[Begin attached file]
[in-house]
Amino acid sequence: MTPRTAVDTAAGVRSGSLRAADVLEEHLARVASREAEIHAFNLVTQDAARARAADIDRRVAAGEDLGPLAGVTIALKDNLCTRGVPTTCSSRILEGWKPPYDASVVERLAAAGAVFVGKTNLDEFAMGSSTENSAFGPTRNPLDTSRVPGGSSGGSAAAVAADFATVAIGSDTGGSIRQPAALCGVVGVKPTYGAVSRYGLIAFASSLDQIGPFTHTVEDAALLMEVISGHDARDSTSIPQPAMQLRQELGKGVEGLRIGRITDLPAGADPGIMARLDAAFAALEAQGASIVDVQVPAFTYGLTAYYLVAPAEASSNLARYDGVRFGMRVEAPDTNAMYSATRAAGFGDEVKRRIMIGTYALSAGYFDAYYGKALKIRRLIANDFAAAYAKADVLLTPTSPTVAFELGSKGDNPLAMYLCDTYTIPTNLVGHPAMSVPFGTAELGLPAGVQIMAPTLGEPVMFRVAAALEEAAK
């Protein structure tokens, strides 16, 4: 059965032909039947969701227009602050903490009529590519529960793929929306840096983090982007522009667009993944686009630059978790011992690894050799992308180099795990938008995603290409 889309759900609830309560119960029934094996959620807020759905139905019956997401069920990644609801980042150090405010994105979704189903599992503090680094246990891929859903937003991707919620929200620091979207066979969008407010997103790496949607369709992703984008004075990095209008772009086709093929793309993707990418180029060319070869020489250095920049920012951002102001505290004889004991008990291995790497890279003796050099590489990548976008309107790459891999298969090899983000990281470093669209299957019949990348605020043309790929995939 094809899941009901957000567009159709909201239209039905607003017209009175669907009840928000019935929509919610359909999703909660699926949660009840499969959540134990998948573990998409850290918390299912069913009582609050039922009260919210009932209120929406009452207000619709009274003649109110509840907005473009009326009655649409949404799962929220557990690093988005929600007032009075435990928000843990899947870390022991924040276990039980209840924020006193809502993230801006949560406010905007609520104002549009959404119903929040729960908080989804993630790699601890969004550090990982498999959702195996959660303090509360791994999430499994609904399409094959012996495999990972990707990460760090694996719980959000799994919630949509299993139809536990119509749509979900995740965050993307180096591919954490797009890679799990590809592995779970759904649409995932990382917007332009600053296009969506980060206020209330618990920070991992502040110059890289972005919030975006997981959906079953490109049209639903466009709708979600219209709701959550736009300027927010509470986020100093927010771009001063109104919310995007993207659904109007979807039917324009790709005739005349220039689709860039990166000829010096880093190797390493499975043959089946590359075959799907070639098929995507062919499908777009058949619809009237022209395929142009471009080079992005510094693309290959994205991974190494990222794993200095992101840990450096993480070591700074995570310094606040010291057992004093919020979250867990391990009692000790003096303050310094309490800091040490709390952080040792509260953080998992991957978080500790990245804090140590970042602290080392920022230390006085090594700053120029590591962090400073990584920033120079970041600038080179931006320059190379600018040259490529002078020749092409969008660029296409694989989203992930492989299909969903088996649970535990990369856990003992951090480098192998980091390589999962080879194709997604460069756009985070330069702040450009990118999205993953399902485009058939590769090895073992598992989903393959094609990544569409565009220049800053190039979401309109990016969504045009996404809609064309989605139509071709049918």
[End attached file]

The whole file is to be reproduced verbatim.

[in-house]
Amino acid sequence: MTPRTAVDTAAGVRSGSLRAADVLEEHLARVASREAEIHAFNLVTQDAARARAADIDRRVAAGEDLGPLAGVTIALKDNLCTRGVPTTCSSRILEGWKPPYDASVVERLAAAGAVFVGKTNLDEFAMGSSTENSAFGPTRNPLDTSRVPGGSSGGSAAAVAADFATVAIGSDTGGSIRQPAALCGVVGVKPTYGAVSRYGLIAFASSLDQIGPFTHTVEDAALLMEVISGHDARDSTSIPQPAMQLRQELGKGVEGLRIGRITDLPAGADPGIMARLDAAFAALEAQGASIVDVQVPAFTYGLTAYYLVAPAEASSNLARYDGVRFGMRVEAPDTNAMYSATRAAGFGDEVKRRIMIGTYALSAGYFDAYYGKALKIRRLIANDFAAAYAKADVLLTPTSPTVAFELGSKGDNPLAMYLCDTYTIPTNLVGHPAMSVPFGTAELGLPAGVQIMAPTLGEPVMFRVAAALEEAAK
């Protein structure tokens, strides 16, 4: 059965032909039947969701227009602050903490009529590519529960793929929306840096983090982007522009667009993944686009630059978790011992690894050799992308180099795990938008995603290409 889309759900609830309560119960029934094996959620807020759905139905019956997401069920990644609801980042150090405010994105979704189903599992503090680094246990891929859903937003991707919620929200620091979207066979969008407010997103790496949607369709992703984008004075990095209008772009086709093929793309993707990418180029060319070869020489250095920049920012951002102001505290004889004991008990291995790497890279003796050099590489990548976008309107790459891999298969090899983000990281470093669209299957019949990348605020043309790929995939 094809899941009901957000567009159709909201239209039905607003017209009175669907009840928000019935929509919610359909999703909660699926949660009840499969959540134990998948573990998409850290918390299912069913009582609050039922009260919210009932209120929406009452207000619709009274003649109110509840907005473009009326009655649409949404799962929220557990690093988005929600007032009075435990928000843990899947870390022991924040276990039980209840924020006193809502993230801006949560406010905007609520104002549009959404119903929040729960908080989804993630790699601890969004550090990982498999959702195996959660303090509360791994999430499994609904399409094959012996495999990972990707990460760090694996719980959000799994919630949509299993139809536990119509749509979900995740965050993307180096591919954490797009890679799990590809592995779970759904649409995932990382917007332009600053296009969506980060206020209330618990920070991992502040110059890289972005919030975006997981959906079953490109049209639903466009709708979600219209709701959550736009300027927010509470986020100093927010771009001063109104919310995007993207659904109007979807039917324009790709005739005349220039689709860039990166000829010096880093190797390493499975043959089946590359075959799907070639098929995507062919499908777009058949619809009237022209395929142009471009080079992005510094693309290959994205991974190494990222794993200095992101840990450096993480070591700074995570310094606040010291057992004093919020979250867990391990009692000790003096303050310094309490800091040490709390952080040792509260953080998992991957978080500790990245804090140590970042602290080392920022230390006085090594700053120029590591962090400073990584920033120079970041600038080179931006320059190379600018040259490529002078020749092409969008660029296409694989989203992930492989299909969903088996649970535990990369856990003992951090480098192998980091390589999962080879194709997604460069756009985070330069702040450009990118999205993953399902485009058939590769090895073992598992989903393959094609990544569409565009220049800053190039979401309109990016969504045009996404809609064309989605139509071709049918």